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Efficacy and safety of long-term mycophenolate sodium therapy in pemphigus vulgaris.

BACKGROUND: Pemphigus is a chronic immunobullous disease, characterized by formation of blisters and erosions in skin and/or mucous membranes. This severe disease requires systemic immunosuppressive therapy. However, some patients are refractory, and long-term use of immunosuppressive agents can cause serious side-effects. Mycophenolic acid is increasingly being used as a corticosteroid-sparing agent or as monotherapy in immunosuppressive regimens.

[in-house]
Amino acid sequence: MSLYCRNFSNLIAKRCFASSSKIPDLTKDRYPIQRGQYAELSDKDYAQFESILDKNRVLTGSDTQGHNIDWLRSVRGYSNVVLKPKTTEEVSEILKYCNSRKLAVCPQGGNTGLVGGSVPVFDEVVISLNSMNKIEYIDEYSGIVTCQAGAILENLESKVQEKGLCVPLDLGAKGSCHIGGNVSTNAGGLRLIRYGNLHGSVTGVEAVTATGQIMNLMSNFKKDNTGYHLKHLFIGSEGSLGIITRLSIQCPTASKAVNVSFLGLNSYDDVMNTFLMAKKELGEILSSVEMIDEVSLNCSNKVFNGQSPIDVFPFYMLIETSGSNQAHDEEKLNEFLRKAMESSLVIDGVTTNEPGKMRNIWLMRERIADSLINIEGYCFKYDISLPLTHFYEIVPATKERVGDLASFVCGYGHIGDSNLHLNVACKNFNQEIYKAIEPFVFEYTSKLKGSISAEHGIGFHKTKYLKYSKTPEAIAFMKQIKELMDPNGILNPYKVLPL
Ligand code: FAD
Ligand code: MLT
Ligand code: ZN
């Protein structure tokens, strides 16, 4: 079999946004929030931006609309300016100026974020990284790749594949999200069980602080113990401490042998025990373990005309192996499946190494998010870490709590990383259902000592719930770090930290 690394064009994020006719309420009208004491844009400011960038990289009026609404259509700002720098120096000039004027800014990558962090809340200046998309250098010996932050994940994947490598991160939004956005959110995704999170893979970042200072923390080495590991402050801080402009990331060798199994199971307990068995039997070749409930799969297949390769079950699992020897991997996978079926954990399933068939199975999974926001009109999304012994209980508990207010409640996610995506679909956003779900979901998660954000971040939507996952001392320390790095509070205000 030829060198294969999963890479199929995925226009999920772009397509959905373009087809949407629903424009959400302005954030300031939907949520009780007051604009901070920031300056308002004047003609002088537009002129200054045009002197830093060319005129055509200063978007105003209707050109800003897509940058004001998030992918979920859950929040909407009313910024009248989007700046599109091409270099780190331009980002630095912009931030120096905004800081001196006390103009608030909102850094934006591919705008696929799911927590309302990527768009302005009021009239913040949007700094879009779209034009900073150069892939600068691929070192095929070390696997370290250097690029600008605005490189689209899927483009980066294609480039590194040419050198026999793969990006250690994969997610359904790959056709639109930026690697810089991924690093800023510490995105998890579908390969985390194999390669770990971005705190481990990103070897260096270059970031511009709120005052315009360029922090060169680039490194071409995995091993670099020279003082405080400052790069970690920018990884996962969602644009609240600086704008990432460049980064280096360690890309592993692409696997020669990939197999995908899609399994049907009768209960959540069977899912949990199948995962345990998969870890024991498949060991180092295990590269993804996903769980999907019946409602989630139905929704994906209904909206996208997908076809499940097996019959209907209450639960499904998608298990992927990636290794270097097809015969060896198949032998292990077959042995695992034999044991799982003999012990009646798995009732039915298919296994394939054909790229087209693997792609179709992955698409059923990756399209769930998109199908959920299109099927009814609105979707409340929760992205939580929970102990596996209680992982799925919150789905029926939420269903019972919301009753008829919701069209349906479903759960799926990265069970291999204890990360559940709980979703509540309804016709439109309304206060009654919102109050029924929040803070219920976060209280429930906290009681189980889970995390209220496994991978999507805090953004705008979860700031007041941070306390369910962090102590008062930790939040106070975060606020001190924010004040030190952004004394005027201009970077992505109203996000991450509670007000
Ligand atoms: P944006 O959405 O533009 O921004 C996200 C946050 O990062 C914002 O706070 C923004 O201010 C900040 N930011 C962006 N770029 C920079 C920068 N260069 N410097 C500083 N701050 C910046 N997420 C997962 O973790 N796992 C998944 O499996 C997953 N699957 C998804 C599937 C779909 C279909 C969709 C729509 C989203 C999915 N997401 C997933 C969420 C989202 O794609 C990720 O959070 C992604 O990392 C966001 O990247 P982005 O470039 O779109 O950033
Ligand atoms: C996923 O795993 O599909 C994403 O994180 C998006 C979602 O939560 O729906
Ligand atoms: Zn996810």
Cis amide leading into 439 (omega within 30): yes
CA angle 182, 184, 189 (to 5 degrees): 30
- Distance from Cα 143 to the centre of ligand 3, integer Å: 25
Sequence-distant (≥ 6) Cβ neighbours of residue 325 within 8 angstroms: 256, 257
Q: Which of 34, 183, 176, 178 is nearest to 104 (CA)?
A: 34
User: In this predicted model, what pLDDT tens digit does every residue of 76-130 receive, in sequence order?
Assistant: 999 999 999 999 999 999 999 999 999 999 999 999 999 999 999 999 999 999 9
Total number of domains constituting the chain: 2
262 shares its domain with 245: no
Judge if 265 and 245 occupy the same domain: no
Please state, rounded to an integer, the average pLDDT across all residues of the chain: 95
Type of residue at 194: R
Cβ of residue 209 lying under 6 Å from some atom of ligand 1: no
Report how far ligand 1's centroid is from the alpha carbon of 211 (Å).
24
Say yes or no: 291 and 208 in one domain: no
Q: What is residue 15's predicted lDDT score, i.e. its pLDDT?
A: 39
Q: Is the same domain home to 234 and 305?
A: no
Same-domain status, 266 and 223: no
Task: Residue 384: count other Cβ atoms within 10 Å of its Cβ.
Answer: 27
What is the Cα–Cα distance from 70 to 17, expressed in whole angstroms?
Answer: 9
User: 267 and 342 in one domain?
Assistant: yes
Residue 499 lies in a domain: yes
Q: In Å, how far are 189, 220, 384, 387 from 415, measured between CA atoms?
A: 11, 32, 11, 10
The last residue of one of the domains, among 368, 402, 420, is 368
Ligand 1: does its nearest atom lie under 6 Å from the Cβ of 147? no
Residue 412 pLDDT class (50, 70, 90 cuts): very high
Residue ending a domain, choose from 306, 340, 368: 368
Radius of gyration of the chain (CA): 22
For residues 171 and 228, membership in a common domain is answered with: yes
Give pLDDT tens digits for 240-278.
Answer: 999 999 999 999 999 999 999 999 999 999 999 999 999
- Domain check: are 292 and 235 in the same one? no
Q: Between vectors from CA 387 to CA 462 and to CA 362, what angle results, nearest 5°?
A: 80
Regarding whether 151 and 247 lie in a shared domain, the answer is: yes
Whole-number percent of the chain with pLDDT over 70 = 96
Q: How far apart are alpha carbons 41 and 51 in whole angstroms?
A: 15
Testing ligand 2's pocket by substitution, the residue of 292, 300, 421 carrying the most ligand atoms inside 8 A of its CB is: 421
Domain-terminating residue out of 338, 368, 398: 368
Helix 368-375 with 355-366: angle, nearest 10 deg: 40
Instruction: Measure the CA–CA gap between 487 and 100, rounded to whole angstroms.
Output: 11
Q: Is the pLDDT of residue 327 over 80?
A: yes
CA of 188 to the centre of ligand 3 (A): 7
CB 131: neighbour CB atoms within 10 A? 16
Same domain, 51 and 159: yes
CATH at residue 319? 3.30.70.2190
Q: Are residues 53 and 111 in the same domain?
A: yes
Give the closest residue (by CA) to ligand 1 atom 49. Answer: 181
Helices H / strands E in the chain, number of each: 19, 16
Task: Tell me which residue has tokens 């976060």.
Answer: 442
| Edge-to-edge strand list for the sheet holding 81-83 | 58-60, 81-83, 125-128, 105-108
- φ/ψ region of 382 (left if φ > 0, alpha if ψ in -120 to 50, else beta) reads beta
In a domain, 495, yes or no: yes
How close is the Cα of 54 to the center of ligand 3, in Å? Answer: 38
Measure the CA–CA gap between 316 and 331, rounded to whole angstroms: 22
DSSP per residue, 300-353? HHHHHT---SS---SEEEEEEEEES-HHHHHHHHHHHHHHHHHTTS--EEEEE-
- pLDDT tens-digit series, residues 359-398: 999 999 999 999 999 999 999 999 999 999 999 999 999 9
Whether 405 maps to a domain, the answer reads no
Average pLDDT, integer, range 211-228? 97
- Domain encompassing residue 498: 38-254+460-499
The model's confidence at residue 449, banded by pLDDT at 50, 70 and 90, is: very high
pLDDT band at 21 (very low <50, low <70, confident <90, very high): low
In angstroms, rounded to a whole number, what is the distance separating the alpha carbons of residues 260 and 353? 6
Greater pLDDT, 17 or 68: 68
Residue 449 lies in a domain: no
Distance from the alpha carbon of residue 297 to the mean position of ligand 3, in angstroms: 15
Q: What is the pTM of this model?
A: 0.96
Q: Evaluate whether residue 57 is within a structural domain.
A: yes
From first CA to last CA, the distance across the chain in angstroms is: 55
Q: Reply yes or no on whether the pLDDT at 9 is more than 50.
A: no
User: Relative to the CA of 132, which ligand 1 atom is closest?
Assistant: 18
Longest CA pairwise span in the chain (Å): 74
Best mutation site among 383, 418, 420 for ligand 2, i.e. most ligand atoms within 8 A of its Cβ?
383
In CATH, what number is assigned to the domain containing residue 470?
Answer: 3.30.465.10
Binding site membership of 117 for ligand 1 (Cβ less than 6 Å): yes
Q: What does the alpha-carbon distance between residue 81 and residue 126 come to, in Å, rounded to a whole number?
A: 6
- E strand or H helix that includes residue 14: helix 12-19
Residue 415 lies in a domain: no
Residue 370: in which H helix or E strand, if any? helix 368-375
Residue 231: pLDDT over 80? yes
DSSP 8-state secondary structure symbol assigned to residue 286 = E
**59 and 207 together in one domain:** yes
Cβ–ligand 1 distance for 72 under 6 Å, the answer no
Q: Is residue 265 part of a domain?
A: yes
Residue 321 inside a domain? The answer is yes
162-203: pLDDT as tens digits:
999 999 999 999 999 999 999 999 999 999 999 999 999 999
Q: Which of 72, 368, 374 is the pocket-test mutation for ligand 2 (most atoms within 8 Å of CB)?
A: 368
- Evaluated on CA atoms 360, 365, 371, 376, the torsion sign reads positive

OBJECTIVES: We aimed to evaluate the effectiveness of mycophenolate sodium, a sodium salt of mycophenolic acid, in the treatment of pemphigus vulgaris.

METHODS: Six patients who were diagnosed as pemphigus vulgaris with active, refractory disease were treated with mycophenolate sodium. Three patients received mycophenolate sodium monotherapy; three patients received mycophenolate in combination with steroid. All patients were monitored regularly.

RESULTS: Mycophenolate sodium was well tolerated with a similar efficacy of mycophenolate mofetil, and no side-effects have been observed.

CONCLUSIONS: Mycophenolate sodium appears to be an effective and safe alternative in the treatment of pemphigus vulgaris.

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